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Emerging W.SME’s

women powered SMEs

A Tough Fight by Women Actors to Beat Poverty

It is widely acknowledged that private sector development in this era of globalization through international trade has a significant role to play in reducing poverty. A significant portion of the Pakistan economy is made up of micro, small, and medium-sized businesses, which are cited in the Pakistan strategy for growth and poverty reduction. Being an essential component of meeting the issues and goals of the future, Small and medium-sized businesses (SMEs) are considered to be the primary source of economic growth for any nation because the sector’s capacity to operate at a cheap cost of manufacturing is its main advantage for the national economy. Compared to huge firms, SMEs have more potential to create jobs so, there is no doubt in the fact that main force behind development, employment, poverty reduction, wealth generation, and fair income distribution are SMEs.

SMEs are the source of increased economic productivity and ultimately improve the well-being of people by reducing poverty. Not only do SMEs play a major complementary role in global industrialization but also serve as agents of structural transition that’s why developing markets that have real work and income dispersal problems is more crucial as it helps to gain a more influential yield, organize jobs in parts and become the primary stage for the vast activities of the future. It is split into two classes, business on a wide scale, and small-scale industry so, undoubtedly growth of small and medium-sized enterprises is a strong mystery triggering the development of the Gross Domestic Product. In the developing world, gender inequality is a significant issue that contributes to both extreme poverty and slow economic progress. Pakistan is grappling with the same issue. Pakistan’s poverty is significantly made worse by socioeconomic factors such as rapid population increase, poor economic conditions, social and cultural constraints, and political instability.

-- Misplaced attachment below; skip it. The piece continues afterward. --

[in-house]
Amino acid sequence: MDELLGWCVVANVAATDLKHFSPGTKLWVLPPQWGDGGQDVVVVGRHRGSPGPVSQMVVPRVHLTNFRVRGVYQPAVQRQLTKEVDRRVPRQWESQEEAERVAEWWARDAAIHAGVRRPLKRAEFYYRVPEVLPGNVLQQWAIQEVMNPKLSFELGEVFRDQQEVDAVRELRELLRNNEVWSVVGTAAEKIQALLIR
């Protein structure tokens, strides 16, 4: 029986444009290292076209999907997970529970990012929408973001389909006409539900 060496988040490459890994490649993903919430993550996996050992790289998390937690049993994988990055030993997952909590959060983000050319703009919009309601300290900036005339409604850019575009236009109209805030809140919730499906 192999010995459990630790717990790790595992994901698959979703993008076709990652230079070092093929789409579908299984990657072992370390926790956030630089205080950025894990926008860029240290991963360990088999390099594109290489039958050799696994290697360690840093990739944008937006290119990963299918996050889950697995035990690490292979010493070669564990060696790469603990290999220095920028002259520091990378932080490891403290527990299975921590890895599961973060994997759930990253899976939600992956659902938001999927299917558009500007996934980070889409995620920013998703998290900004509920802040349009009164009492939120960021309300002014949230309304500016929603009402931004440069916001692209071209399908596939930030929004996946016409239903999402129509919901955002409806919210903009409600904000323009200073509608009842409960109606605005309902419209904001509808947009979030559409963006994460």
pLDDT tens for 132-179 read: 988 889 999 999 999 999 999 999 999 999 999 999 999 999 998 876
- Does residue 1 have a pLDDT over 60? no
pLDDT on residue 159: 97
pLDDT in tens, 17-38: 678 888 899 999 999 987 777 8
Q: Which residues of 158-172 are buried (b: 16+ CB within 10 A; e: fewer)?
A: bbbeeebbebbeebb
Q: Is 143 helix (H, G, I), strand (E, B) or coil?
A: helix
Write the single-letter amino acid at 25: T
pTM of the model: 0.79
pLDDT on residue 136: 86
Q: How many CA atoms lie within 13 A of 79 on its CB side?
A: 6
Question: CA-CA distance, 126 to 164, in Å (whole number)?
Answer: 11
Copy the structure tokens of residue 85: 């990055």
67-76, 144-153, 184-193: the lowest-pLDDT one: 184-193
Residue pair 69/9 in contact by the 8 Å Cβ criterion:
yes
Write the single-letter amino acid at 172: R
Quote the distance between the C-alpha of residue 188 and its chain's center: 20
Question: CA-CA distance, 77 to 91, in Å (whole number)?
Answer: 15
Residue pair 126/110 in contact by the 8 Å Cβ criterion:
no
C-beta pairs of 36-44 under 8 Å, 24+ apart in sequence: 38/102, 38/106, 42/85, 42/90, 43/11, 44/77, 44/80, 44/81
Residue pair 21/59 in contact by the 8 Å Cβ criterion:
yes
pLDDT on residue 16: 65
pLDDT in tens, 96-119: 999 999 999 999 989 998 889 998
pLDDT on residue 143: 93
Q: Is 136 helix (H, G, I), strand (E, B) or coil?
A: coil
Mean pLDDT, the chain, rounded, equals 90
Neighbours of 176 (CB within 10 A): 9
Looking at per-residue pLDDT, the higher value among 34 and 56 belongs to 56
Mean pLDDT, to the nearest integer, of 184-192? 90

Poverty has been a problem for Pakistan due to the limited participation of women in economic activities, who make up 52% of the total population of the nation and are the main cause of poverty. Although, women’s empowerment is a significant part of developing countries’ development policies there are several challenges to achieving this goal as reducing poverty is directly connected to the economic empowerment of women. If we go through the state of women’s participation in economic activities then we can easily observe that the ratio of working women is much better in Punjab as compared to other provinces (the most populated province of Pakistan) which is further categorized as rural women and Urban women where rural women are attached with some conventional sectors that are characterized by low technology and low levels of production. These sectors usually require skills that are essentially the extension of household skills, or that represent a particular experience of women in education and work where, these women usually invest the majority of their business profits in their children’s homes, housing, clothes, and schooling instead of reinvesting. However, women in urban areas are also engaged in a mix of low-tech projects. Due to the low employment opportunities educated, women are also engaged in these activities at a small-scale level. It is, therefore, important to consider the role of small and medium enterprises in women’s empowerment and poverty alleviation in Southern Punjab. Being the majority (52% of the total population) there is no doubt in the fact that, women-owned small and medium enterprises (W-SMEs) make a significant contribution to the growth of economies by generating employment, creating wealth, reducing poverty, empowering women entrepreneurs, and improving the social wellbeing of society. Yet, women entrepreneurs are subject to several challenges in realizing their potential. In Pakistan, women entrepreneurs face several social and economic constraints particularly related to low access to financial services which can play a catalytic role in the growth of their businesses.